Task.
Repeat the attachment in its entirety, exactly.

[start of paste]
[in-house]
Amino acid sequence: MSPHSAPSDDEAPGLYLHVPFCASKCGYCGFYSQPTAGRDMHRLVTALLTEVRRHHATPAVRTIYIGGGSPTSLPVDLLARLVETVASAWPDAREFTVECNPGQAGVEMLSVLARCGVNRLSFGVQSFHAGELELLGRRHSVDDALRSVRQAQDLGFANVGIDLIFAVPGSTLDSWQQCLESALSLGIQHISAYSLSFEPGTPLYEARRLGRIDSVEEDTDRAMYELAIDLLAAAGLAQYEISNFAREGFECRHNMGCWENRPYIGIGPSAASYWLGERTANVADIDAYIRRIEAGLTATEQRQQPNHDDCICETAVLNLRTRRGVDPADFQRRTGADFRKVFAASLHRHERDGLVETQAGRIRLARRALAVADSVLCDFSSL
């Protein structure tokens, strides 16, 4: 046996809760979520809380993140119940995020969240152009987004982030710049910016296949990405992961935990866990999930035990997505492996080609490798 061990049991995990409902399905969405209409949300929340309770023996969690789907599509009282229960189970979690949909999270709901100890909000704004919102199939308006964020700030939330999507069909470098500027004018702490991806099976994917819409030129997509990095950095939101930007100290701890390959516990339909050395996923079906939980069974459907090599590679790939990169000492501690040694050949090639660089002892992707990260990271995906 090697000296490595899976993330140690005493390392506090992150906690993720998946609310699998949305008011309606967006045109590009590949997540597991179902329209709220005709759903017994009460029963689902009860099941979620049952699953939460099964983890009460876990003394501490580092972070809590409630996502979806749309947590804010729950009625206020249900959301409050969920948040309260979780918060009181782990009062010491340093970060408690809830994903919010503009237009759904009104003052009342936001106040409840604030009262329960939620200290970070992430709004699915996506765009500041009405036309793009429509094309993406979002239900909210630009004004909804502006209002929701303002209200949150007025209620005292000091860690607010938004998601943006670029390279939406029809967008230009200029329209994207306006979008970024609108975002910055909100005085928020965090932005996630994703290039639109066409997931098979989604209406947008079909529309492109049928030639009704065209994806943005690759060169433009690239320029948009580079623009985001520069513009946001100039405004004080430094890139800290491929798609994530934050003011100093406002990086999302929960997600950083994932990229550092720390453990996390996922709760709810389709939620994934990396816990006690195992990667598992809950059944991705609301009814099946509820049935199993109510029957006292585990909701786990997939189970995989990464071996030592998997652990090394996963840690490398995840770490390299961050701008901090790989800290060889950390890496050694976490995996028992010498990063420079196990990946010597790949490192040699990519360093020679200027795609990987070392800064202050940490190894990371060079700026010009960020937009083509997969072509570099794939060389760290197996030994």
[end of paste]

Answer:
[in-house]
Amino acid sequence: MSPHSAPSDDEAPGLYLHVPFCASKCGYCGFYSQPTAGRDMHRLVTALLTEVRRHHATPAVRTIYIGGGSPTSLPVDLLARLVETVASAWPDAREFTVECNPGQAGVEMLSVLARCGVNRLSFGVQSFHAGELELLGRRHSVDDALRSVRQAQDLGFANVGIDLIFAVPGSTLDSWQQCLESALSLGIQHISAYSLSFEPGTPLYEARRLGRIDSVEEDTDRAMYELAIDLLAAAGLAQYEISNFAREGFECRHNMGCWENRPYIGIGPSAASYWLGERTANVADIDAYIRRIEAGLTATEQRQQPNHDDCICETAVLNLRTRRGVDPADFQRRTGADFRKVFAASLHRHERDGLVETQAGRIRLARRALAVADSVLCDFSSL
């Protein structure tokens, strides 16, 4: 046996809760979520809380993140119940995020969240152009987004982030710049910016296949990405992961935990866990999930035990997505492996080609490798 061990049991995990409902399905969405209409949300929340309770023996969690789907599509009282229960189970979690949909999270709901100890909000704004919102199939308006964020700030939330999507069909470098500027004018702490991806099976994917819409030129997509990095950095939101930007100290701890390959516990339909050395996923079906939980069974459907090599590679790939990169000492501690040694050949090639660089002892992707990260990271995906 090697000296490595899976993330140690005493390392506090992150906690993720998946609310699998949305008011309606967006045109590009590949997540597991179902329209709220005709759903017994009460029963689902009860099941979620049952699953939460099964983890009460876990003394501490580092972070809590409630996502979806749309947590804010729950009625206020249900959301409050969920948040309260979780918060009181782990009062010491340093970060408690809830994903919010503009237009759904009104003052009342936001106040409840604030009262329960939620200290970070992430709004699915996506765009500041009405036309793009429509094309993406979002239900909210630009004004909804502006209002929701303002209200949150007025209620005292000091860690607010938004998601943006670029390279939406029809967008230009200029329209994207306006979008970024609108975002910055909100005085928020965090932005996630994703290039639109066409997931098979989604209406947008079909529309492109049928030639009704065209994806943005690759060169433009690239320029948009580079623009985001520069513009946001100039405004004080430094890139800290491929798609994530934050003011100093406002990086999302929960997600950083994932990229550092720390453990996390996922709760709810389709939620994934990396816990006690195992990667598992809950059944991705609301009814099946509820049935199993109510029957006292585990909701786990997939189970995989990464071996030592998997652990090394996963840690490398995840770490390299961050701008901090790989800290060889950390890496050694976490995996028992010498990063420079196990990946010597790949490192040699990519360093020679200027795609990987070392800064202050940490190894990371060079700026010009960020937009083509997969072509570099794939060389760290197996030994």